The Cretaceous Period of Earth history ended with a mass extinction that wiped out numerous species, most famously the dinosaurs. A new study now finds that the structure of North American ecosystems made the extinction worse than it might have been. The mountain-sized asteroid that left the now-buried Chicxulub impact crater on the coast of Mexico's Yucatan Peninsula is almost certainly the ultimate cause of the end-Cretaceous mass extinction, which occurred 65 million years ago. Nevertheless, "Our study suggests that the severity of the mass extinction in North America was greater because of the ecological structure of communities at the time.
Peter Roopnarine of the California Academy of Sciences and Kenneth Angielczyk of the Field Museum, reconstructed terrestrial food webs for 17 Cretaceous ecological communities. Seven of these food webs existed within two million years of the Chicxulub impact and 10 came from the preceding 13 million years. The findings are based on a computer model showing how disturbances spread through the food web. Roopnarine developed the simulation to predict how many animal species would become extinct from a plant die-off, a likely consequence of the impact. "Besides shedding light on this ancient extinction, our findings imply that seemingly innocuous changes to ecosystems caused by humans might reduce the ecosystems' abilities to withstand unexpected disturbances," Roopnarine said.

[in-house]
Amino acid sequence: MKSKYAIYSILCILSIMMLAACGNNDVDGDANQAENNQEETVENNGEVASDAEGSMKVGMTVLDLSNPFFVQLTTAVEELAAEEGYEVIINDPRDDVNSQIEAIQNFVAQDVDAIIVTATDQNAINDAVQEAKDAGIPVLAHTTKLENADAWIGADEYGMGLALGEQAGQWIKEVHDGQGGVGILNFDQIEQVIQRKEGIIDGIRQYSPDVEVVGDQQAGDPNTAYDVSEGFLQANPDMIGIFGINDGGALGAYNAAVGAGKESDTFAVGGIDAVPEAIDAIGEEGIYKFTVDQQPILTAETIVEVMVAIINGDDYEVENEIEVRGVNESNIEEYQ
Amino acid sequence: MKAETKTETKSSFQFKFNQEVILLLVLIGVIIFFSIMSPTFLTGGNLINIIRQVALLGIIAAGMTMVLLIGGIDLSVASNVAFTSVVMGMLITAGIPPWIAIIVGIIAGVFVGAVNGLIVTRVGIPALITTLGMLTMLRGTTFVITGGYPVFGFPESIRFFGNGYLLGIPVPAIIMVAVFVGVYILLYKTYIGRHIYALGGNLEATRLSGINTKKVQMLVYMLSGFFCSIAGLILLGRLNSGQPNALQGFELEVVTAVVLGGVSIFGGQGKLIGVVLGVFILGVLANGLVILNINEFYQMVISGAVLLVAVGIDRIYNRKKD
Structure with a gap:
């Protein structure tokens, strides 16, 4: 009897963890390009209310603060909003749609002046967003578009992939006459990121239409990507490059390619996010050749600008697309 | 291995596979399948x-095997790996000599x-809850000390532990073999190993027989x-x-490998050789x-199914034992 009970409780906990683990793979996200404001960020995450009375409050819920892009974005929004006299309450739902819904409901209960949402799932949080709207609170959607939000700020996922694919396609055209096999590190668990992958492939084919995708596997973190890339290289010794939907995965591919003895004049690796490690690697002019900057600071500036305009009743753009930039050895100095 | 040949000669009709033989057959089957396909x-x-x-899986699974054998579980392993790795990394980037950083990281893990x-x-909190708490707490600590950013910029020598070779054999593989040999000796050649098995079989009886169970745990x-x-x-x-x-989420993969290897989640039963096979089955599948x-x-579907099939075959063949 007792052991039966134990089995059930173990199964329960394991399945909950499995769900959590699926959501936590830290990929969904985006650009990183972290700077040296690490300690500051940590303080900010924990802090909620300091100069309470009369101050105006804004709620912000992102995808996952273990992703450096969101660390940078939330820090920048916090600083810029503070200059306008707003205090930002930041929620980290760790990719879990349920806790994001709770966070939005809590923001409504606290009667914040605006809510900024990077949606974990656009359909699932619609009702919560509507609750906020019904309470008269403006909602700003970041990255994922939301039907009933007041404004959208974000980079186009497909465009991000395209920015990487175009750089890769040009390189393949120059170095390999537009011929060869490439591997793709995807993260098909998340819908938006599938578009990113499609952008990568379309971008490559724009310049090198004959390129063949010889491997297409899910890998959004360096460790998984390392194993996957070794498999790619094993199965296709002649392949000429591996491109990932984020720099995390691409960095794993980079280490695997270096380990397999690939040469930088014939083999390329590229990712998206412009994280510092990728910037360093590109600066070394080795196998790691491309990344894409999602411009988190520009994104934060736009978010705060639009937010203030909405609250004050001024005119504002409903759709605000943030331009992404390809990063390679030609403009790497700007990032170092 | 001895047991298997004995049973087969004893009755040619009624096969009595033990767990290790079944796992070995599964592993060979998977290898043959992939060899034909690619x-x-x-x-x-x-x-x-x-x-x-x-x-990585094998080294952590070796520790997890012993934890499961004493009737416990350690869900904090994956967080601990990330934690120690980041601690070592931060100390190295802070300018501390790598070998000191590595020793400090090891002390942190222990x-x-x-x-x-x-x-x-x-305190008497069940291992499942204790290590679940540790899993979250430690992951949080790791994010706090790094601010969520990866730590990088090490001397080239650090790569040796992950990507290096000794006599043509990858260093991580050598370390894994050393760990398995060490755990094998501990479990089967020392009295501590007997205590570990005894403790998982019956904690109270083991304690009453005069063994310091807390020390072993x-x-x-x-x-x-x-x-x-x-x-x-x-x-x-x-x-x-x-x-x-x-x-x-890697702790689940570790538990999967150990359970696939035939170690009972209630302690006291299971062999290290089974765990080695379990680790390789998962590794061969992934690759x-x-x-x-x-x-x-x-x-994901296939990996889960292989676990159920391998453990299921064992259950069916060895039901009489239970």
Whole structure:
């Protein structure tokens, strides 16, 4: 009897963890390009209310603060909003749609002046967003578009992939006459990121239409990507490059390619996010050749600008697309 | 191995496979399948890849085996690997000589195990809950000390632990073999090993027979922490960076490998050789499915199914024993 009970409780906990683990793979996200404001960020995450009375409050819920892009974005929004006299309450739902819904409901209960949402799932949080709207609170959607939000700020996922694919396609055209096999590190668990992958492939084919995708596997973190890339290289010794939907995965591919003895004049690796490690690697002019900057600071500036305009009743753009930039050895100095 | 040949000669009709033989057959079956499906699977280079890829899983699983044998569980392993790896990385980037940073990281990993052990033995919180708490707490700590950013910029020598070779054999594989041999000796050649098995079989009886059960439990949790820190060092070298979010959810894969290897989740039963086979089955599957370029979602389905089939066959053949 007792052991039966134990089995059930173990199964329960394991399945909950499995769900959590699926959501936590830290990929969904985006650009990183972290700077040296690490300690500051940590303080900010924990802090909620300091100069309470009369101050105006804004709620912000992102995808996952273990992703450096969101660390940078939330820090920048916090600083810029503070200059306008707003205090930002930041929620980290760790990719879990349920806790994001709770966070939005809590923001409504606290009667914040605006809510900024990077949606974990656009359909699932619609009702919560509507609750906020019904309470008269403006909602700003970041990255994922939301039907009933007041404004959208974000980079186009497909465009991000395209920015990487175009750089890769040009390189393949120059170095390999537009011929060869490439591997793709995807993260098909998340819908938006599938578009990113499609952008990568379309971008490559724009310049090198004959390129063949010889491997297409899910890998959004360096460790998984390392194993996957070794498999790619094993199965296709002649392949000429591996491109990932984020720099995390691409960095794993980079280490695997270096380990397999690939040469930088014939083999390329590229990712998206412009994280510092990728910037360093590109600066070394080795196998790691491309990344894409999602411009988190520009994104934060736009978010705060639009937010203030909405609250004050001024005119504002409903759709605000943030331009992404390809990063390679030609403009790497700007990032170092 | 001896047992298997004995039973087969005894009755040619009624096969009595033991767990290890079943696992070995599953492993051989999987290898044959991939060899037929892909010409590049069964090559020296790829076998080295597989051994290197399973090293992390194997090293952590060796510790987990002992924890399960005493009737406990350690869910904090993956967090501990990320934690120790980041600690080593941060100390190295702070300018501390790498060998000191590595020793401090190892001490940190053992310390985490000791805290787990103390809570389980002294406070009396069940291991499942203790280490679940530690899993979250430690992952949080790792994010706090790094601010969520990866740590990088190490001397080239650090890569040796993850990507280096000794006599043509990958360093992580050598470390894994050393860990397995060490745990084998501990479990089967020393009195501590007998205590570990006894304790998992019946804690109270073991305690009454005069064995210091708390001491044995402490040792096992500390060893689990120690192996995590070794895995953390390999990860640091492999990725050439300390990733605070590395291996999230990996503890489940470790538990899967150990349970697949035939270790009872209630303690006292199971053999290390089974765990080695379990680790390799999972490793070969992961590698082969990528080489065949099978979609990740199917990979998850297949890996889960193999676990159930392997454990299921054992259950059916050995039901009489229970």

The team's computer model describes all plausible diets for the animals under study. In one run, Tyrannosaurus might eat only Triceratops, while in another it eats only duck-billed dinosaurs, and in a third it might eat a more varied diet. This stems from the uncertainty regarding exactly what Cretaceous animals ate, but this uncertainty actually worked to the study's benefit.